Hiroshima Mon Amour ★★★★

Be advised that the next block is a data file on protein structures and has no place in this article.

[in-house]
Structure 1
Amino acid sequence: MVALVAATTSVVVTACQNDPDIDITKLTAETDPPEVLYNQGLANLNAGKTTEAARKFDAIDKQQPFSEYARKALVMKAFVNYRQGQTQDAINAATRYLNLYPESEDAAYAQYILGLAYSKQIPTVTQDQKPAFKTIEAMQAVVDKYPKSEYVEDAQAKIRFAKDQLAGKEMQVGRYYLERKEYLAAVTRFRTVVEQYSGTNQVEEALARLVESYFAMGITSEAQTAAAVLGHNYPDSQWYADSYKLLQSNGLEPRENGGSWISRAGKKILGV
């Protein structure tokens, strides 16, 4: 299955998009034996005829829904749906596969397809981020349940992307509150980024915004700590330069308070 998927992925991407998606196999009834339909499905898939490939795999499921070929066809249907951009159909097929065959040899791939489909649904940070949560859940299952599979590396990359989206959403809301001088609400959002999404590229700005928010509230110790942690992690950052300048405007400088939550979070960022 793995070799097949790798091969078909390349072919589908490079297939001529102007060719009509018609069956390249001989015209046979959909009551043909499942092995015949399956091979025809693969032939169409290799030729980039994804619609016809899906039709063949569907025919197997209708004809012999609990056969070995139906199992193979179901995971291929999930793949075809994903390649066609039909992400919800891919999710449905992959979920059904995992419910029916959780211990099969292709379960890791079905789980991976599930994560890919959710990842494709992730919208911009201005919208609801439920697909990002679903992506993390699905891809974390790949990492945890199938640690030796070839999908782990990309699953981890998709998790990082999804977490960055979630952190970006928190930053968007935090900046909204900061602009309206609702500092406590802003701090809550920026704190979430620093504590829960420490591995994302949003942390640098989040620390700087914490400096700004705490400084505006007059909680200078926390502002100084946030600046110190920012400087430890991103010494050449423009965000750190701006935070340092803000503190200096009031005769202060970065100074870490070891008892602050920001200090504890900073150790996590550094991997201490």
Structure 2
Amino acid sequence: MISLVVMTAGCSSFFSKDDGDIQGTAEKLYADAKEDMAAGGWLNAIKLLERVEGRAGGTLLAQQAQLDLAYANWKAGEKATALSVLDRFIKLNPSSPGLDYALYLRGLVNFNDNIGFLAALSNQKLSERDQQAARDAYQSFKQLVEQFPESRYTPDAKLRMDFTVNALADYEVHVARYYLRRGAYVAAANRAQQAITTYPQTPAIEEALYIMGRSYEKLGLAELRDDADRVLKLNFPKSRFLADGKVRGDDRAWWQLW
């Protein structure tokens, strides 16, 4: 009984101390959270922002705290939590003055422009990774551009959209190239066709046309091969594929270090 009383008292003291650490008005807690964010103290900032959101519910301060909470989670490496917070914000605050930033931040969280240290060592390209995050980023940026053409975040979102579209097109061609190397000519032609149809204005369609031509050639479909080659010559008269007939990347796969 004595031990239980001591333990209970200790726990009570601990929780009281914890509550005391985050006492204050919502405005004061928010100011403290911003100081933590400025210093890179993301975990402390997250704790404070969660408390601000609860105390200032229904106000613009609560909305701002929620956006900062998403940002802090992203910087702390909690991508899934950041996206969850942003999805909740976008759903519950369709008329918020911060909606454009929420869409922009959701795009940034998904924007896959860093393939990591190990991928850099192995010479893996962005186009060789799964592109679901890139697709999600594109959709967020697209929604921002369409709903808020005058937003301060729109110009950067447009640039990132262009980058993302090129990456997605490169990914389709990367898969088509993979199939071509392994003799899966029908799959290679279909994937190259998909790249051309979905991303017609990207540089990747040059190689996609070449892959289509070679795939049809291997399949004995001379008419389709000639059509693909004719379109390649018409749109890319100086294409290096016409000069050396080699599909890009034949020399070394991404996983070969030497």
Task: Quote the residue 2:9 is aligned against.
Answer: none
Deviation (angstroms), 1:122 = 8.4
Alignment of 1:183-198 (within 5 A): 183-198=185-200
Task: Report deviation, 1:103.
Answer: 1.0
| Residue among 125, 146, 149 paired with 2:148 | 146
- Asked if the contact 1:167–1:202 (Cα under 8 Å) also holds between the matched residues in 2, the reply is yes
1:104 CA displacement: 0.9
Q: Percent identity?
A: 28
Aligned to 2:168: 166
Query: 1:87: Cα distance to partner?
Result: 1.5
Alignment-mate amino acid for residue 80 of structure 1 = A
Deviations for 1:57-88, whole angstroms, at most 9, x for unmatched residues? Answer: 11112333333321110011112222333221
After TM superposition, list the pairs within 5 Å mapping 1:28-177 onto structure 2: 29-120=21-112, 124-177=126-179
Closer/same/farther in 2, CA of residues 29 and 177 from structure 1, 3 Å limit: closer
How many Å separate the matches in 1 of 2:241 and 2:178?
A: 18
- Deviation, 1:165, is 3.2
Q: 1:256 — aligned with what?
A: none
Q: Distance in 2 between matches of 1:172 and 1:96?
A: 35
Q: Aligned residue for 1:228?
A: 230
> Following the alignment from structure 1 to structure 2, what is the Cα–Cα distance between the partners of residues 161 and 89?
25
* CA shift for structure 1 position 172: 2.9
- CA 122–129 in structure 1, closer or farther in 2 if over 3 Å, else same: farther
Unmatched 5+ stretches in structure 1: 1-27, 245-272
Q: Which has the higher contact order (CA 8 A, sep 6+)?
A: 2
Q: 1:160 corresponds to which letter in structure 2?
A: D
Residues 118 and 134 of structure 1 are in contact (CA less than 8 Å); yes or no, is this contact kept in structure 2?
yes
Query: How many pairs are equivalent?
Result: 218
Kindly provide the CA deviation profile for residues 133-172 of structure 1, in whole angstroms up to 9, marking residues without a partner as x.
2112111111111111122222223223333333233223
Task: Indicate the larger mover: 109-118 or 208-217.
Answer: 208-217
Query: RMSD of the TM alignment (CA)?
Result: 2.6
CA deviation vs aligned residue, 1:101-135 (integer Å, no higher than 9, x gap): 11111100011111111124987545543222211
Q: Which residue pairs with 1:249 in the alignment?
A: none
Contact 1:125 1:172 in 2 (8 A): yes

Opens with sensuality and tragedy fused into something as emotionally raw as art gets, then digresses into a masterfully pure cinematic (but also verbally rich) exploration of not just the brief, stabbing pangs of a short-lived romance but the generalized human relationship with loss, memory and trauma. As in Last Year at Marienbad, with which it shares a hypnotic consciousness of the way the past lingers like a fog within physical spaces (indeed, this film is positioned almost perfectly as a narrative and stylistic halfway point between that subsequent triumph and the earlier Night and Fog), Resnais' avant garde textures are made easily communicative by the universal truths they express. It is dreamlike and probing but never confounding. And the longing betrayed by its two characters (though one naturally wishes for a broader window into Eiji Okada's inner life like the one we receive for Emmanuelle Riva) is many times as palpable, tragic and full of lived-in mystery as what we've given by so many more conventional love stories.